My name's Dave. I'm working on it.

Thursday, April 24, 2008


Mornings are a crucial time for me.
I woke up around 9 o'clock, as I usually do. My first incoherent thought was: Do I have to work today?
My brain began functioning. No. It's Thursday. No work. Joy. So I allowed myself to drift back to sleep, guilt-free, for another hour.
And that's when things began to turn sinister.
The later I slept, the more I was aware that I should be getting up and getting on with my day. The longer I stayed in bed, the harder it was to get out of it. I am already fucked. Lost before I start. Same as it ever was.
So much of it is arbitrary. I feel that my morning productivity speaks for the whole day; there are others who don't get up 'til noon and have their peak productive hours at night. But whatever your settings read, once you make a misstep, there's always something inside you begging you to make another, then another, and then one more after that, ad infinitum.
It makes me wish we humans had a reset button.
A quick push and the useless thoughts would be gone. I could proceed unencumbered. Ah, wouldn't it be nice?
I know, in my higher mind, that it doesn't matter what the day's been like so far. I still have all day to be productive, live well, etc. But I know, too, that depression is a self-perpetuating entity. Maybe it's just me, but feeling like I've wasted my morning increases the likelihood of wasting the rest of the day a thousandfold.
It's quite mad, really. Nothing is wrong, per se; just the knowledge that I've let the hour and a half I've been up slip away without anything to show for it is enough to irrevocably mar the next 11 hours. All the while, I'm aware that you can spend a good amount of time putting off doing something, but when you finally work up the stomach to take care of it, it takes practically no time. Focused effort is a force to be reckoned with. Yet here I sit, prey to my computer. Instead of making breakfast, putting away laundry, and getting on with things, the internet holds me in its clutches.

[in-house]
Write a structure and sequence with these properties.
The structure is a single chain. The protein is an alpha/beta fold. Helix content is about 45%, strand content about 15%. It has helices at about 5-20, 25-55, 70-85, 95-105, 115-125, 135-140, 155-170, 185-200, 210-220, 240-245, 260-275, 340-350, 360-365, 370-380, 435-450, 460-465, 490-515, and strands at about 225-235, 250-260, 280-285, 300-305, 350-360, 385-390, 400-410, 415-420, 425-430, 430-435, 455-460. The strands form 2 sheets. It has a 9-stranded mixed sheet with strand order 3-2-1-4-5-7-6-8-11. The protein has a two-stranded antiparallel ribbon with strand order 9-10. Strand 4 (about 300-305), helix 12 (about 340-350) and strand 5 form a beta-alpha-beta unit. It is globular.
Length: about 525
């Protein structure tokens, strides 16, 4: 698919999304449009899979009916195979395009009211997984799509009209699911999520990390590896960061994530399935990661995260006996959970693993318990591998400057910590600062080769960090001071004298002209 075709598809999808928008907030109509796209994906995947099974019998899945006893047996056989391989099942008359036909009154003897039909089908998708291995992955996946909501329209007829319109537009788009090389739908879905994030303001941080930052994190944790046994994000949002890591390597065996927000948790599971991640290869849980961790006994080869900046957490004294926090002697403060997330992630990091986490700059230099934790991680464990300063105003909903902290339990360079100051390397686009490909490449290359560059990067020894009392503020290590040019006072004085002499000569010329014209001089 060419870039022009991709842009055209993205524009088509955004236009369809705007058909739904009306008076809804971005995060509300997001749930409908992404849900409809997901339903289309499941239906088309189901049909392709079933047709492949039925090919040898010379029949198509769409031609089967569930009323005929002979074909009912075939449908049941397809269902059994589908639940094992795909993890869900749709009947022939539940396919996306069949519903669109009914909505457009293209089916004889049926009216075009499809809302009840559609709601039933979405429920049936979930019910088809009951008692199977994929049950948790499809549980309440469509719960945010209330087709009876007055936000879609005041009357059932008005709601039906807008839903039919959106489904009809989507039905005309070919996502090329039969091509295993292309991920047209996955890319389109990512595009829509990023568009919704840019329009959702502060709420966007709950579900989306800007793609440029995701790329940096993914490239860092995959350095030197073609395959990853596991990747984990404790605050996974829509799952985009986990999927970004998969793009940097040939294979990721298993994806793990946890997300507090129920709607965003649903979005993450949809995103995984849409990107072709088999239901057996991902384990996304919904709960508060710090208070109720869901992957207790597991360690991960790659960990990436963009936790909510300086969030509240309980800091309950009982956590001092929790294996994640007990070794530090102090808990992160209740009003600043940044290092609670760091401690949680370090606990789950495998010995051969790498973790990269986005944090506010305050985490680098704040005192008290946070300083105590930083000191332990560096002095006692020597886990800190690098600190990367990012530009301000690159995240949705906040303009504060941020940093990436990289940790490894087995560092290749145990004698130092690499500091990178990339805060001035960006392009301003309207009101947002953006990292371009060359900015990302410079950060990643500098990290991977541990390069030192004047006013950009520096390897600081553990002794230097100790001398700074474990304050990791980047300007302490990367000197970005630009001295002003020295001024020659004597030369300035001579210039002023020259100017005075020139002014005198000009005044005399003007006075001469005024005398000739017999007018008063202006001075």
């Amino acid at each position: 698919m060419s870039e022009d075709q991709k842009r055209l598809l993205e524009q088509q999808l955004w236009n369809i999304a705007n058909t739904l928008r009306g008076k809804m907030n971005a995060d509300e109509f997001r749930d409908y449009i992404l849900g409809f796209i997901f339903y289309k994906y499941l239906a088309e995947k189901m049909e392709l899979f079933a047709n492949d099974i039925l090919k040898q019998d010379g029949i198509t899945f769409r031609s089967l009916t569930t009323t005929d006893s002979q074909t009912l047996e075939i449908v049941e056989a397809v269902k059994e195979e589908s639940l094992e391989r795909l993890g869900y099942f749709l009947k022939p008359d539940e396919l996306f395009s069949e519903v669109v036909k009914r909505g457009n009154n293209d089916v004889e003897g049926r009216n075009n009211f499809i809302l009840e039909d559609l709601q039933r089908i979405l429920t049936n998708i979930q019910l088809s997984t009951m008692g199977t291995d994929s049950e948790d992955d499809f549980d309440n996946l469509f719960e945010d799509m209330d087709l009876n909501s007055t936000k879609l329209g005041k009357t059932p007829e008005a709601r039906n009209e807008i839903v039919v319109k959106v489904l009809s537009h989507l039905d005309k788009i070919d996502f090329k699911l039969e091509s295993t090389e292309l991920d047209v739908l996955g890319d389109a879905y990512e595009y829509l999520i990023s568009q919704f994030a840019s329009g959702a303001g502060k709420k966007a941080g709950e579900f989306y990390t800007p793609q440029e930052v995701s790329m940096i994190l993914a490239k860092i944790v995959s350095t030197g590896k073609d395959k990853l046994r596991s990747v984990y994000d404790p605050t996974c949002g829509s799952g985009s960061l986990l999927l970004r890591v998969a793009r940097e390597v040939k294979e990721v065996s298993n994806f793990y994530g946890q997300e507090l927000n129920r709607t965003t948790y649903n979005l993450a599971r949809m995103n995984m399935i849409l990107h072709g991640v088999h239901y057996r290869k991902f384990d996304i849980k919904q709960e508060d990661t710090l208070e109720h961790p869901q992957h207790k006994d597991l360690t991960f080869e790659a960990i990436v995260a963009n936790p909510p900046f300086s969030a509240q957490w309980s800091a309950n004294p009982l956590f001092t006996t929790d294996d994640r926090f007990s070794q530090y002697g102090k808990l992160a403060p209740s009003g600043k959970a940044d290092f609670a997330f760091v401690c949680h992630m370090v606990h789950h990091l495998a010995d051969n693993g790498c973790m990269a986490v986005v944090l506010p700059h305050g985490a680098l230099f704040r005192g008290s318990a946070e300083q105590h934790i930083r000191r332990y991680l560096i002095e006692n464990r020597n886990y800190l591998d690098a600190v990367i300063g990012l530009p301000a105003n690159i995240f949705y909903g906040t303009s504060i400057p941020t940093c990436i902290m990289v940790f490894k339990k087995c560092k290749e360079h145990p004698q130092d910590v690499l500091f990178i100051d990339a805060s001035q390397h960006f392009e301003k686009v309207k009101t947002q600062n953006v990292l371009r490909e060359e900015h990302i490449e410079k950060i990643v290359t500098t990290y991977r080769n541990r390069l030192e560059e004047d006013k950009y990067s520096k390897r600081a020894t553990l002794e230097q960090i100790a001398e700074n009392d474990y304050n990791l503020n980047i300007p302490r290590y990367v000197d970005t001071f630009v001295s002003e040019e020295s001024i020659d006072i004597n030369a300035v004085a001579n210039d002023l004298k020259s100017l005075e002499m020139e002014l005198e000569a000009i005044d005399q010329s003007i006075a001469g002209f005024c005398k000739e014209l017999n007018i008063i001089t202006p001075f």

As I've no doubt touched on before, this is most common on days when I don't work, with the free hours stretching out before me. We all know the theory of the advantage of working within a schedule. But if I'm getting more done on days I work than on my days off, something's very wrong.

I can't give in. I know that button is there, somewhere.

Ah, there it is.


1 comment:

  1. Oh geez. I have these thoughts, too. We all have the same amount of hours per day and yet some people are so damn productive. Like Steve Jobs. Or Mozart. Or Liv Tyler's character in Empire Records. I wish I were as prolific as Martha Stewart. (Wait...what?)

    Lindsey gave me some good advice about this. I think it was: Give yourself a friggin break and don't beat yourself up if you just need some time to just sit and stare at the walls.